Western governments mounted an unprecedented and coordinated fightback Thursday against “brazen” attempts by Russia to meddle in international affairs, publicly unmasking alleged intelligence agents and blaming Moscow for a series of audacious cyberattacks.
The Dutch government accused Russia’s military intelligence agency, the GRU, of targeting the world’s chemical weapons watchdog, the Organisation for the Prohibition of Chemical Weapons (OPCW), through a foiled cyber operation.
Hours earlier, Britain, backed by close intelligence allies Australia and New Zealand, pointed the finger at the GRU for carrying out a worldwide campaign of “malicious” cyberattacks, including the hacking of the US Democratic National Committee in 2016.
The US Justice Department, meanwhile, announced criminal charges against seven Russian intelligence officers, accusing them in a sprawling indictment of hacking, wire fraud, identity theft and money laundering as part of an effort to distract from Russia’s state-sponsored sports doping program.
Four of the names given in the US indictment match those given by Dutch authorities in connection with the alleged plot against the OPCW.
The choreographed announcements by Western allies amounted to a significant escalation of tensions with Moscow.
“The GRU has interfered in free elections and pursued a hostile campaign of cyberattacks,” said Peter Wilson, the British ambassador to the Netherlands. “It is an aggressive, well-funded body of the Russian state. It can no longer be allowed to act across the world… with apparent immunity.”
Russia must know there is “a red line” and that “if they try to intervene in the democratic processes of other countries, they will be exposed and there will be consequences,” UK Foreign Secretary Jeremy Hunt said.
NATO Secretary General Jens Stoltenberg said its members “stand in solidarity with the decision by the Dutch and British governments to call out Russia on its blatant attempts to undermine international law and institutions,” and that the alliance would continue to strengthen its defenses against cyber threats.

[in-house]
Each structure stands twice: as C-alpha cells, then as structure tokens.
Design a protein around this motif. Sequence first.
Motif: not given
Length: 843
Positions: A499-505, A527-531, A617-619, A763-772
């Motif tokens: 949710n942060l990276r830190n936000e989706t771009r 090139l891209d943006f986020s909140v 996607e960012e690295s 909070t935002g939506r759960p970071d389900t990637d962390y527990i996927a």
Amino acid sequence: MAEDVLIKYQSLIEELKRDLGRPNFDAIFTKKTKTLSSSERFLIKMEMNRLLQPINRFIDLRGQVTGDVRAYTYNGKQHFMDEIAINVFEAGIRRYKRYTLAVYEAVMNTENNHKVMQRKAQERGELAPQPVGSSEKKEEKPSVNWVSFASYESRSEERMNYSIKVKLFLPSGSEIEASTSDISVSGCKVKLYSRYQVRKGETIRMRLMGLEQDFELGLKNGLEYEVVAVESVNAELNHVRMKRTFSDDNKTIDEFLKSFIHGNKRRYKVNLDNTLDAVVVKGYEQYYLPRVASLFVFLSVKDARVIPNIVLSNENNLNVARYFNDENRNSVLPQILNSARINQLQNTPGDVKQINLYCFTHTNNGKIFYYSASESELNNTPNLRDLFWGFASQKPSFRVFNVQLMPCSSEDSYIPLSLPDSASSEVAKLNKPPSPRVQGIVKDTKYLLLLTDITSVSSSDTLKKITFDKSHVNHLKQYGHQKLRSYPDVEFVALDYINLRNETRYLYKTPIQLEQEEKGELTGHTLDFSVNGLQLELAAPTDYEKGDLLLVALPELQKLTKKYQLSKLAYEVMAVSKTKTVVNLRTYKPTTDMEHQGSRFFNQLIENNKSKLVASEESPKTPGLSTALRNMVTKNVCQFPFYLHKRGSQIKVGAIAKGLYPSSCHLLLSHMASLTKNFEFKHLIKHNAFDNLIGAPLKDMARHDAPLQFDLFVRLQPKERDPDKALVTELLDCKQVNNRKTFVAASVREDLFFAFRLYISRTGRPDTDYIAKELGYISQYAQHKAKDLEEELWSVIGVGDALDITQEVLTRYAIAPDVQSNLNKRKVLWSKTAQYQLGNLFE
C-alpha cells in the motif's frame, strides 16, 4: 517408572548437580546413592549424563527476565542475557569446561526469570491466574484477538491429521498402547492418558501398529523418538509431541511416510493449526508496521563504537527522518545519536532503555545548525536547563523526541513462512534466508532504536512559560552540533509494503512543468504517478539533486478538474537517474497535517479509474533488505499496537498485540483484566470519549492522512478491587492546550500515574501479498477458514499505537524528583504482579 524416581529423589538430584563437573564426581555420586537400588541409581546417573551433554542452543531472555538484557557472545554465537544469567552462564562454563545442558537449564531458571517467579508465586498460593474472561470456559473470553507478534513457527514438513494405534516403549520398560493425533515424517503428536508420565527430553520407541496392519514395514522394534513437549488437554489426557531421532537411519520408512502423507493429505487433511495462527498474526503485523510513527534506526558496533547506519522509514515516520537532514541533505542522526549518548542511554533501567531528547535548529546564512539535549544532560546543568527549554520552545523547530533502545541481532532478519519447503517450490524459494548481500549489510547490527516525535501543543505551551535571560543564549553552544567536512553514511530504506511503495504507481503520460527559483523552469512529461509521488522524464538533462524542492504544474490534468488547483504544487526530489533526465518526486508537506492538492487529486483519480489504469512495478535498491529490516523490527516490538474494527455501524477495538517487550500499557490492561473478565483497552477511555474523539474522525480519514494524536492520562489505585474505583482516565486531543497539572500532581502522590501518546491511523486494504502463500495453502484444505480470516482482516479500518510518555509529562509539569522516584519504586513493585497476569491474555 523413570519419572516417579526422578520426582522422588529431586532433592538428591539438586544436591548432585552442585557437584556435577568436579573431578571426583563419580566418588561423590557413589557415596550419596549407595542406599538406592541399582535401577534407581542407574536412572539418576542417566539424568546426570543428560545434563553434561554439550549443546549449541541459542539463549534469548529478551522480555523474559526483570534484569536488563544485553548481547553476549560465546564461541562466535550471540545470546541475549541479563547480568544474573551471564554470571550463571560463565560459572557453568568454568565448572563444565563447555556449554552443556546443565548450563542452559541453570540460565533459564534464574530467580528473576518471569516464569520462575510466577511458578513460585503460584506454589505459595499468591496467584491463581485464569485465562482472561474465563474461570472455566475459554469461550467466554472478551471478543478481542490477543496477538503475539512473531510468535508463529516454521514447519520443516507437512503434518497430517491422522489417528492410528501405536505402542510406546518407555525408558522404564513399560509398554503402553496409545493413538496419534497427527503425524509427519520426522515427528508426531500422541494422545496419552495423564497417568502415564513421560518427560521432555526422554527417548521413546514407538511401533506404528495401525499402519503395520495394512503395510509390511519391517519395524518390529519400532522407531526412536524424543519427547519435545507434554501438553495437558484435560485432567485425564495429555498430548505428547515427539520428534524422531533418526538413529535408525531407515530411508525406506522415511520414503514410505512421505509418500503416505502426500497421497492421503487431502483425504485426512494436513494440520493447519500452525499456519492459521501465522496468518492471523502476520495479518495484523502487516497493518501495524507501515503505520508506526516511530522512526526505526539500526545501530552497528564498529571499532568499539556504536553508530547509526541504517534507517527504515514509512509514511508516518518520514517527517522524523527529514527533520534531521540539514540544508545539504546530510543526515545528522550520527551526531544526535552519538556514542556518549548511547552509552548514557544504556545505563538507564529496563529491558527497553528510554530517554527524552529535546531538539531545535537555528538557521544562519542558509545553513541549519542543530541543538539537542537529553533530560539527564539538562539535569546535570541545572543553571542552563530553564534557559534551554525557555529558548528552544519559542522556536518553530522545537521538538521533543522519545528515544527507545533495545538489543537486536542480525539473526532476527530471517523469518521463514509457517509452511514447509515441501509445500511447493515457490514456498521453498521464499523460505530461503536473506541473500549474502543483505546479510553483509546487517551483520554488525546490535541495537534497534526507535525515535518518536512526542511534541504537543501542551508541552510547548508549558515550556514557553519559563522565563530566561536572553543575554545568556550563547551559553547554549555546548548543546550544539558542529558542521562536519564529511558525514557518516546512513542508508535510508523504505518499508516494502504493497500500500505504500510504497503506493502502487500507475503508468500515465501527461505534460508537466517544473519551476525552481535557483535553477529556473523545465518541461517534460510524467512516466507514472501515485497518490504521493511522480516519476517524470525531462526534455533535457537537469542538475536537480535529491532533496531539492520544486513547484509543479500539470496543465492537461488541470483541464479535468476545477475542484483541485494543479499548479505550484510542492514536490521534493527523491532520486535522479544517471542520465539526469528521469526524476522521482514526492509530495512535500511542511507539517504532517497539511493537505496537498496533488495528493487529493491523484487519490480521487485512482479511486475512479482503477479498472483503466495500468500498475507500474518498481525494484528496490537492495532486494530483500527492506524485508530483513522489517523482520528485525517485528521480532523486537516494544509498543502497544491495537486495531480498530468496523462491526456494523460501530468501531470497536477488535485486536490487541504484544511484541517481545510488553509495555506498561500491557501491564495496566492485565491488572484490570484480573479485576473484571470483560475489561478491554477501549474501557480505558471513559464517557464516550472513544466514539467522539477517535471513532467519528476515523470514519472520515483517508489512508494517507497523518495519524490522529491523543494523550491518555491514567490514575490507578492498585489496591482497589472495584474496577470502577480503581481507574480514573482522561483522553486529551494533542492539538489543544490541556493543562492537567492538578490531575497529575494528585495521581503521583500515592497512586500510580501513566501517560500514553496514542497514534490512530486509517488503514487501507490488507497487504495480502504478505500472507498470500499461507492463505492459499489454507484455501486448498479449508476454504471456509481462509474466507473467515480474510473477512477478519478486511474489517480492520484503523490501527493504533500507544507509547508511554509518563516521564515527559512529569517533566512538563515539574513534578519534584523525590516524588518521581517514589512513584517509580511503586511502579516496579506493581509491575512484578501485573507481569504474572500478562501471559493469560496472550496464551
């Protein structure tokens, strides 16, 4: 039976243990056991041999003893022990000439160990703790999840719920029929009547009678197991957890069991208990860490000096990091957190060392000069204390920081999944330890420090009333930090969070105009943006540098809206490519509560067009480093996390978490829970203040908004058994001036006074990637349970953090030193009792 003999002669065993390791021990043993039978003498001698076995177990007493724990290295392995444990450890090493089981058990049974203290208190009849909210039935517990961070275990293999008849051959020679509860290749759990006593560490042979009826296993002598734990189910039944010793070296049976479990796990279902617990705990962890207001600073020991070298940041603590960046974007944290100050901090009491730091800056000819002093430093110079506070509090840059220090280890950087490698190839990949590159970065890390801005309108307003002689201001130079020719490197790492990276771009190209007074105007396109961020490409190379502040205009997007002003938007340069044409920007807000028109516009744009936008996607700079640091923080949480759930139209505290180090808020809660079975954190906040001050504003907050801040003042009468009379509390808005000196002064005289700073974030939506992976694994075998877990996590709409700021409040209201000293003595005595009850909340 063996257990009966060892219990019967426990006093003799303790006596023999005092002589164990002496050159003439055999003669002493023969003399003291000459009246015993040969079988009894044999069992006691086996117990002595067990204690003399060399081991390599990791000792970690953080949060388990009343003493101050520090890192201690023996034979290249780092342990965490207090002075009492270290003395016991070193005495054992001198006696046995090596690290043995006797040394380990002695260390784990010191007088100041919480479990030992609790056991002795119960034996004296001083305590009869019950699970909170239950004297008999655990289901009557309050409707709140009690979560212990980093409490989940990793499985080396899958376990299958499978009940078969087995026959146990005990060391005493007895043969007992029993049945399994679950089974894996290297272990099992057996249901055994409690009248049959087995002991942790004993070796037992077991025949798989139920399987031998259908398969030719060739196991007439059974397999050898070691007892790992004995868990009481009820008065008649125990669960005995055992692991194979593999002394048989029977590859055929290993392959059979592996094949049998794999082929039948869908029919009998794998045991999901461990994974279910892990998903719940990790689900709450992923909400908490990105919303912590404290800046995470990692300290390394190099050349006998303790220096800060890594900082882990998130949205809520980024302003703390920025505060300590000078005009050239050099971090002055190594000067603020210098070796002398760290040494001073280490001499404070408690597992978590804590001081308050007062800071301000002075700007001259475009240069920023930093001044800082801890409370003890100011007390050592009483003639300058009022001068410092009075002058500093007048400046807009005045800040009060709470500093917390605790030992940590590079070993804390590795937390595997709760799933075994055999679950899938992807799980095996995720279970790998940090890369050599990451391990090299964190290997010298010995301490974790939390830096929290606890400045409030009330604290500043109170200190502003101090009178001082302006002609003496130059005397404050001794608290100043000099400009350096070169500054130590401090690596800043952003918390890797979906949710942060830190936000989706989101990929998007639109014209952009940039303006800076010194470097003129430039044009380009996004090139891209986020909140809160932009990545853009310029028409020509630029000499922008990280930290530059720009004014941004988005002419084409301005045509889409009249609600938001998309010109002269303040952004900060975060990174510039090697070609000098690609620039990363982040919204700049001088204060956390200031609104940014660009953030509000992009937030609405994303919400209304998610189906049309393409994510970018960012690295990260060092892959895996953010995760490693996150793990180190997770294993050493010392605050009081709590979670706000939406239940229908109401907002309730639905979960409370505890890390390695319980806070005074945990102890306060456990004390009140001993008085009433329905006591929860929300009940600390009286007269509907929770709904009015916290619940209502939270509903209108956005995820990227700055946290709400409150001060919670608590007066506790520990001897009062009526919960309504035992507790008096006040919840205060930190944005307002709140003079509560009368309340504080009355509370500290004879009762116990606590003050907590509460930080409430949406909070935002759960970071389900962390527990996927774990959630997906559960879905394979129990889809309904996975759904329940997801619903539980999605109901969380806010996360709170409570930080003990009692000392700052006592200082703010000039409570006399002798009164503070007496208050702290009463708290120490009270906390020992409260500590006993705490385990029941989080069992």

The Dutch operation
Dutch officials gave unprecedented details as they outlined the alleged Russian operation at a joint Dutch-UK government news conference in The Hague.
Describing it as “very worrying,” Bijleveld-Schouten said four Russian military intelligence officers were expelled on April 13, the same day the plot targeting the OPCW was detected.
They left belongings behind, she said, that also enabled the Dutch to discover that one of the agents’ laptops had made connections to Brazil, Switzerland and Malaysia, trying to interfere with the investigation into the downing of Malaysia Airlines Flight 17 in eastern Ukraine in 2014.
The head of Dutch counterintelligence, Maj. Gen. Onno Eichelsheim, named the four alleged Russian officers as Aleksei Morenets and Evgenii Serebriakov — who had consecutive passport numbers, he said — Oleg Sotnikov and Alexey Minin.
The alleged agents were traveling on diplomatic passports, Eichelsheim said. One of them, Morenets, “had a taxi receipt on him … from the location Nesvizkhskiy Pereulok to the airport in Moscow,” he said. “That’s the road that borders … the GRU.”
Russia’s embassy in the UK dismissed Britain’s claims that Moscow was behind a string of global cyberattacks as “crude disinformation” aimed at confusing public opinion.
“This statement is reckless. It has become a tradition for such claims to lack any evidence. It is yet another element of the anti-Russian campaign by the UK government,” it said in a statement.
“By the way, it is hardly a coincidence that these accusations appear exactly at the time of NATO defense ministers meeting in Brussels and announcements of creating special cyber attack military units in several Western countries.”
‘Aware of security’
Addressing reporters, Eichelsheim, the Dutch counterintelligence head, gave a detailed description of what the four alleged GRU officers were doing when their operation was disrupted.
The four agents arrived in the Netherlands on April 10, rented a car the following day, and parked it in a hotel parking lot as close as possible to the OPCW headquarters in The Hague, Eichelsheim said.
“They were doing some exploration work for a close-access hack operation,” he said.
“We know for sure they were not on holiday in the Netherlands. They had numerous telephones on them, different sizes, different makes. They had quite a few on them personally,” he said. “Morenets tried to destroy the phone, or at least break the phone, when the operation was destroyed … he did not succeed completely.”
Sotnikov had a large amount of cash on him: 20,000 euros and $20,000, Eichelsheim said. “That is not an amount I carry on holiday,” he said.